Analog/Mixed Signal

PCB trace antenna vs chip antenna design considerations

09 February 2021
Chip antennas are preferred to get better efficiency and performance without using much board space, but their cost is high due to the additional supporting components required for these antennas. Source: AdobeStock

High-speed designs demand a highly efficient RF chain, especially in the urban environment where signal absorption is obvious. An antenna is one of the most important components in the RF chain. It helps maintain wireless connectivity.

When the main goal is to keep the system cost low, then printed circuit board (PCB) trace antennas are preferred. Their cost is low because a PCB trace acts as an antenna. Trace antennas usually need a large board space, especially at low frequencies. Chip antennas are preferred to get better efficiency and performance without using much board space, but their cost is high due to the additional supporting components required for these antennas. This article discusses the important design considerations to keep in mind while using these types of antennas.

PCB trace antenna

It is complex to design, implement and tune a PCB trace antenna. The size of the antenna depends upon the target bandwidth frequencies. There are some advantages of using these antennas. They are low cost and perform appropriately. These antennas embed into the PCB during manufacturing. The antenna size is small for frequencies greater than 900 MHz. For low frequencies, the antenna size needs to be increased to keep the signal integrity to resonance frequency.

There are also some disadvantages of trace antennas that make them unsuitable to use in some cases. They are complex to design at low frequencies and they take up more space, which in turn increases the overall cost of the design. Their performance is affected by nearby components because they are highly vulnerable to environmental interferences. Since they are embedded into the PCB, a slight change in antenna design means the PCB will need to be redesigned and manufactured again.

Chip antennas

Chip antennas are ideal to use in small products such as cell phones and Wi-Fi routers due to their small size. They can be integrated into the PCB. Their working principle of emitting and receiving electromagnetic waves is similar to other standard antennas. The main difference is their small size that makes them suitable for use inside the small gadgets.

Chip antennas offer other advantages in addition to their small size. They also offer multiple configurations, require less simulation, are less sensitive to environmental interferences and are much easier to tune. However, they have an initial higher cost.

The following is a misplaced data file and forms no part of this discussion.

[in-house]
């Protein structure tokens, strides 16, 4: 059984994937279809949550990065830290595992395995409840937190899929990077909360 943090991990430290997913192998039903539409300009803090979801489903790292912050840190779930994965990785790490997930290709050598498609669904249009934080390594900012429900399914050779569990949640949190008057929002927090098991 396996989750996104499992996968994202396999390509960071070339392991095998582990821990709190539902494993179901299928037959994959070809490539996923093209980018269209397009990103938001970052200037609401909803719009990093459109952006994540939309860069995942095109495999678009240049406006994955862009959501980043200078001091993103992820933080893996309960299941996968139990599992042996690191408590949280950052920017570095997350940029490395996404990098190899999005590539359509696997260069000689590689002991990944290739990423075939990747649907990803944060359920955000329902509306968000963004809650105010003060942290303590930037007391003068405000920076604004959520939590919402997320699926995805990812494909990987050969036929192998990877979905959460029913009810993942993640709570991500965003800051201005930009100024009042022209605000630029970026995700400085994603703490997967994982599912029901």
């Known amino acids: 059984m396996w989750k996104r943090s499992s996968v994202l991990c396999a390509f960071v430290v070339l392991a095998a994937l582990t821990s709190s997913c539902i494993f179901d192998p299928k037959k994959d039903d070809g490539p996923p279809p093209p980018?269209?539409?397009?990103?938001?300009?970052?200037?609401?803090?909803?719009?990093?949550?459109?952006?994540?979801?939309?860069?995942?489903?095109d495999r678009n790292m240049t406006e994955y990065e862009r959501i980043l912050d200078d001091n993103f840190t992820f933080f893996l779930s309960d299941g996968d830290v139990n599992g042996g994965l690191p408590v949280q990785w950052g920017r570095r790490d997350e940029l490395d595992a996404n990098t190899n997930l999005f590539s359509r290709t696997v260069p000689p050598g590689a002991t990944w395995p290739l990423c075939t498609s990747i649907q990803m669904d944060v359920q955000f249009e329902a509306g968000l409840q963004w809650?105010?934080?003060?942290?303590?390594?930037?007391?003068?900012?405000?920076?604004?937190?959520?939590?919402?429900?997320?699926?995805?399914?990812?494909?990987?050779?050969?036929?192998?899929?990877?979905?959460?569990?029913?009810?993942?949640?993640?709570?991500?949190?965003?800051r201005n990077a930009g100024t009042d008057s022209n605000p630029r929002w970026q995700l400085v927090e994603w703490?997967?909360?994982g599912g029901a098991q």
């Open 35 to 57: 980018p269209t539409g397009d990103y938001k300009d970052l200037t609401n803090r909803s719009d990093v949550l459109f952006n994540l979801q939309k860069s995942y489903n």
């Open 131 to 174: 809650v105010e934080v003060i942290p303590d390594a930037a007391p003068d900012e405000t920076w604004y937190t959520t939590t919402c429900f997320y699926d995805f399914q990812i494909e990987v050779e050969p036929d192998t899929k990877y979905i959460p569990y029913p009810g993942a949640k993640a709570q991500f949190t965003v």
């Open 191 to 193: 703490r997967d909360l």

Some major design considerations while using chip antennas are PCB size and layout, ground space dimensions, the RF shielding and the matching circuit. These factors directly affect the performance of the chip antennas.

Design considerations

Following are some important design considerations to keep in mind while using these antennas.

Antenna types

It is important to know about standard available antenna types in the market and how they work under different scenarios. This information could help in selecting the right antenna with the best efficiency, size and price tag.

Circuit board construction

During the construction of the circuit board, it is important to consider that all antennas should include free space around them where there is no copper traces or ground fill. In the case of chip antennas, it is also important to follow the datasheet. Some other factors that could affect the antenna’s performance include the substrate material used, its dielectric constant and thickness.

Ground plane

Trace antenna and chip antenna performance depends upon the ground plane. Ground plane size and shape can impact the performance. The best way to decide the size and shape of the ground plane is to have the lowest frequency of the operating bands in mind while deciding.

Matching network

The overall performance of the network could decline due to a poorly matched antenna, which could increase power consumption, decrease range and damage communication. However, a matching network is a device used between the transmitter and the antenna that improves power transfer by matching the impedance.

Surrounding environment

A designer must know about the surrounding environment where the antenna will be placed. It is best to avoid placing any metallic components near the antenna because the tuning and radiation pattern of antennas are affected by nearby metallic components. Designers should also avoid using metallic enclosures because they can also affect the performance.

Never copy an existing design

Designers should never copy an existing antenna design of one application for another application. This is because the tuning and radiation patterns change according to the surrounding components. So, it is highly possible that a design appropriate for one application may not work well for another application. The tuning and radiation patterns need to be re-adjusted as the surrounding components change. The length of the antenna and ground plane size will also need to be re-adjusted. So, if a pre-existing design is used for a new application, then it may affect the performance.


Since the world is moving toward wireless products, antenna design has become one of the most important problems. It is challenging for the designer to keep the overall size of the board small without affecting the antenna’s performance. Antenna design should be considered in the early development stages to avoid unintentional delays due to changes in design at later stages.

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